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Glen Allen VA (SPX) May 23, 2014
The time is now for U.S. farmers to fully monetize the massive amounts of biomass energy bound up in crop residues, animal manure and other forms of ag waste, advises Roy M. Palk, senior energy adviser for national law firm LeClairRyan, in a series of columns for Farm Industry News.
"Thanks to rapid technological development, as well as new regulatory carrots and sticks, today's energy companies are more eager than ever to work with farmers to capitalize on the moneymaking potential of such underused resources," writes the veteran energy attorney, who formerly served as CEO of East Kentucky Power Cooperative.
"Under certain conditions, they will pay farmers significant sums for the right to turn waste crops, grasses, weeds and manure-anything that has heat content-into energy."
Palk's columns appeared in the March, April and May issues of Farm Industry News. The first column is a broad overview of the waste-to-energy trend, including descriptions of federal incentives and new technologies in play.
The second provides four key reasons farmers should consider embracing waste-to-energy techniques and technologies. The third column takes a closer look at the aforementioned "sticks" now prompting more farmers to explore these possibilities-namely, increasingly stringent federal regulations restricting methane emissions and runoff from fertilizer and manure.
As Palk notes in the first column, governments are also increasingly interested in partnering with farmers on such projects. "The Department of Energy, for one, is a major provider of funding for basic and applied research in this area," he writes.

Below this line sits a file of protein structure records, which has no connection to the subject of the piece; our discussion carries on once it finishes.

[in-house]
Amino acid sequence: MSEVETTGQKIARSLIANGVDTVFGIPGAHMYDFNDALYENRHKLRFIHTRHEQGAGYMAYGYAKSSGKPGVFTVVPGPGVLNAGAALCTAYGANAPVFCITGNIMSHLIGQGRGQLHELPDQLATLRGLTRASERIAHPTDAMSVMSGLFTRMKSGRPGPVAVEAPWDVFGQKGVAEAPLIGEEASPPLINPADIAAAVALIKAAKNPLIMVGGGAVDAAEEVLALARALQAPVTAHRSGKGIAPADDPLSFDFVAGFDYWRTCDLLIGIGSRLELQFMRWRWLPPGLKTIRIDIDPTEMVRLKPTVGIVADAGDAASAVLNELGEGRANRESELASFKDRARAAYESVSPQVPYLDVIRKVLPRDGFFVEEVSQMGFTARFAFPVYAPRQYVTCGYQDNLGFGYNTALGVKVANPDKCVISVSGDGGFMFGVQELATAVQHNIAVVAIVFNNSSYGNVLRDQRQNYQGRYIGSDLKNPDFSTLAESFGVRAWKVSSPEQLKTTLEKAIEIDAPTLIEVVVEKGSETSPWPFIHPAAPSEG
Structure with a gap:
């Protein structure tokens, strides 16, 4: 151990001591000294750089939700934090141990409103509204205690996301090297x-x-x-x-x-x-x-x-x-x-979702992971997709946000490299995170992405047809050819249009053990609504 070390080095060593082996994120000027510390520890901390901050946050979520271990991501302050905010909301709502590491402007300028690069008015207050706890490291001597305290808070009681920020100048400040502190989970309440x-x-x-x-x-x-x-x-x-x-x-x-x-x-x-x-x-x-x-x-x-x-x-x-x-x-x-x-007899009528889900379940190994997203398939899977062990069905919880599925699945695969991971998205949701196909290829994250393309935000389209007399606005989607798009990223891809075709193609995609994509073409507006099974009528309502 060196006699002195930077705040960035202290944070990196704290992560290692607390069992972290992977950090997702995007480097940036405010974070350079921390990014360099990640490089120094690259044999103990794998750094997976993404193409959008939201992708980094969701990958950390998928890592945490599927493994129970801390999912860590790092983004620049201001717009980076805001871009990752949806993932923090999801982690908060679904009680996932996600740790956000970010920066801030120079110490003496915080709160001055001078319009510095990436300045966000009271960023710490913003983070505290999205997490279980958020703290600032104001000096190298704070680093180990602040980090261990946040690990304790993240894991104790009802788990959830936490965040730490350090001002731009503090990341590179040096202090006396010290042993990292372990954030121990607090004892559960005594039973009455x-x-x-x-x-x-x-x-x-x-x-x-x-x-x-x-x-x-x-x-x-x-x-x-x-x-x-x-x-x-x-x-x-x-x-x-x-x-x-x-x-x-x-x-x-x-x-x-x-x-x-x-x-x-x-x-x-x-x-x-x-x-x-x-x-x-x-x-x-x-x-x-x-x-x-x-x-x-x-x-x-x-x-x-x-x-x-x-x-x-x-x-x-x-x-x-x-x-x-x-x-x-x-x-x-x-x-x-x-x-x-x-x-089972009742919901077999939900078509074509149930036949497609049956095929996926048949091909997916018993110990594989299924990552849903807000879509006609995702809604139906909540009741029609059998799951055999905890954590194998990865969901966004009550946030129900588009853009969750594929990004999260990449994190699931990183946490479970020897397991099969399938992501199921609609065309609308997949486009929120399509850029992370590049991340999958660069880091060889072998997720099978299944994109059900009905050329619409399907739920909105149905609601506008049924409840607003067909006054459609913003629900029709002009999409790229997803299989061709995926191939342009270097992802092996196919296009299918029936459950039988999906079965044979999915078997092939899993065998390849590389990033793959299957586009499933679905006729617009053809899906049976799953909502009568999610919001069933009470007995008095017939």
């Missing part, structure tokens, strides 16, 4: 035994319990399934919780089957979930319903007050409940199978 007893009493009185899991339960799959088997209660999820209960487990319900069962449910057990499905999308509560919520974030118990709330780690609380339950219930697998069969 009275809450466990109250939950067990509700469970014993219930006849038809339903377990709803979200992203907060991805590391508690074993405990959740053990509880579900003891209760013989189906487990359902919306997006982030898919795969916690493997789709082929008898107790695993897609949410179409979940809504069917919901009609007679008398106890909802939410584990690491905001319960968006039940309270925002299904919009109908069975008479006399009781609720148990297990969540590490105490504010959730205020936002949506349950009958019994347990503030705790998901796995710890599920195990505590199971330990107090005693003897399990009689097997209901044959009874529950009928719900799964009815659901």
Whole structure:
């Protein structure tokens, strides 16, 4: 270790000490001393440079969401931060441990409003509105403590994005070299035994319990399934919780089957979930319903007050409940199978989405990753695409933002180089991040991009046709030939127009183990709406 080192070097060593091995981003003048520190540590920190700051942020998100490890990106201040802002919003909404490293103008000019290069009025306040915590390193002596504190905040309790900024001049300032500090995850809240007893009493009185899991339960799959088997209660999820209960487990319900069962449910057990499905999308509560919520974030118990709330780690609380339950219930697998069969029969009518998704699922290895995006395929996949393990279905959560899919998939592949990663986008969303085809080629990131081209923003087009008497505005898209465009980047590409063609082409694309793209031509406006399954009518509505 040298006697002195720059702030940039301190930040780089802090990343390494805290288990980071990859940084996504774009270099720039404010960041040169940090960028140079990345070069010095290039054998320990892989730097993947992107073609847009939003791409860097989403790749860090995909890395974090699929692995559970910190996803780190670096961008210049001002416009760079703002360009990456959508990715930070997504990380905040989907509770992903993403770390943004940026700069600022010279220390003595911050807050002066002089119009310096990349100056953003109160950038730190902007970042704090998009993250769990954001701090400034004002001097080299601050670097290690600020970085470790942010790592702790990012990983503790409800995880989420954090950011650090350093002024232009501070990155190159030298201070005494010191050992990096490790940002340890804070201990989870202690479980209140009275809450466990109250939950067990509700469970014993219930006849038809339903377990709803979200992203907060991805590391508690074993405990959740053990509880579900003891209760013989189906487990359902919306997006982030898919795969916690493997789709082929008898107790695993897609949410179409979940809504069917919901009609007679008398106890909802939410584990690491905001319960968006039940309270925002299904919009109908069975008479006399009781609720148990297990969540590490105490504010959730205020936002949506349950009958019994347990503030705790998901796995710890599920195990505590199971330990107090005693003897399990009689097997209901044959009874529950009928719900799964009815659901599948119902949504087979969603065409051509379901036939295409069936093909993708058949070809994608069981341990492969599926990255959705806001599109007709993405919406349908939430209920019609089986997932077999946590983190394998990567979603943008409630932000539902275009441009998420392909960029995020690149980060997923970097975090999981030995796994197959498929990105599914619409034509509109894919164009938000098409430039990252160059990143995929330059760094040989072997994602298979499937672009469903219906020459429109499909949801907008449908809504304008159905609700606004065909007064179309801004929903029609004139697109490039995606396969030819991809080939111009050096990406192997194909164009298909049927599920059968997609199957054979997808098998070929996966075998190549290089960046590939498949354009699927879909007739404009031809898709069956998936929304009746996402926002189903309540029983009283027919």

"Indeed, the farm bill, signed in February, provides nearly $900 million in dedicated funding for some of the nation's most critical energy and job-creation programs, including the Rural Energy for America Program, the Bioenergy Program for Advanced Biofuels, the Biomass Crop Assistance Program, and the Community Wood Energy Program."
The U.S. Energy Information Administration predicts tremendous growth in the use of biomass for fuel and power in the next 20 years-from less than 5 quadrillion British Thermal Units (Btu) today to more than 9 quadrillion Btu by 2035, Palk writes in the second article.
Farmers who lead the charge stand to maximize marginal cropland, replace lost income from declining tobacco sales, benefit from growing federal incentives, and tap new markets, he notes. "The list of buyers here is diverse and growing," he writes.
"Already, multinationals such as Royal Dutch Shell, BP, DuPont and Chevron are teaming with tech firms to transform biomass into energy. Robust competition buoys prices. It means a raft of companies might compete for the right to locate biodigesters on a farmer's land. The farmer's job? Collecting on the lease."
Meanwhile, the government has created 16 agriculture-specific environmental regulations that put the onus on farms to reduce methane emissions and fertilizer and manure runoff, the attorney writes in the final piece.
Legally, the EPA now classifies combined animal feeding operations (CAFOs) as "point source" pollution.
"Consequently, the roughly 8,000 permitted CAFOs in the United States are now as heavily regulated as power plants and factories," Palk notes. "Rising public concern over CAFO and other ag-related pollution means the regulatory noose is bound to tighten further."
Running afoul of the government can be one of life's worst nightmares, he adds, and unfortunately, many U.S. CAFOs are on a collision course with regulators. "The up-front investment required to launch an energy program should be weighed against the cost of staying the same," Palk writes. "New approaches represent a win-win for farmers-cutting both waste and risk while boosting the bottom line."
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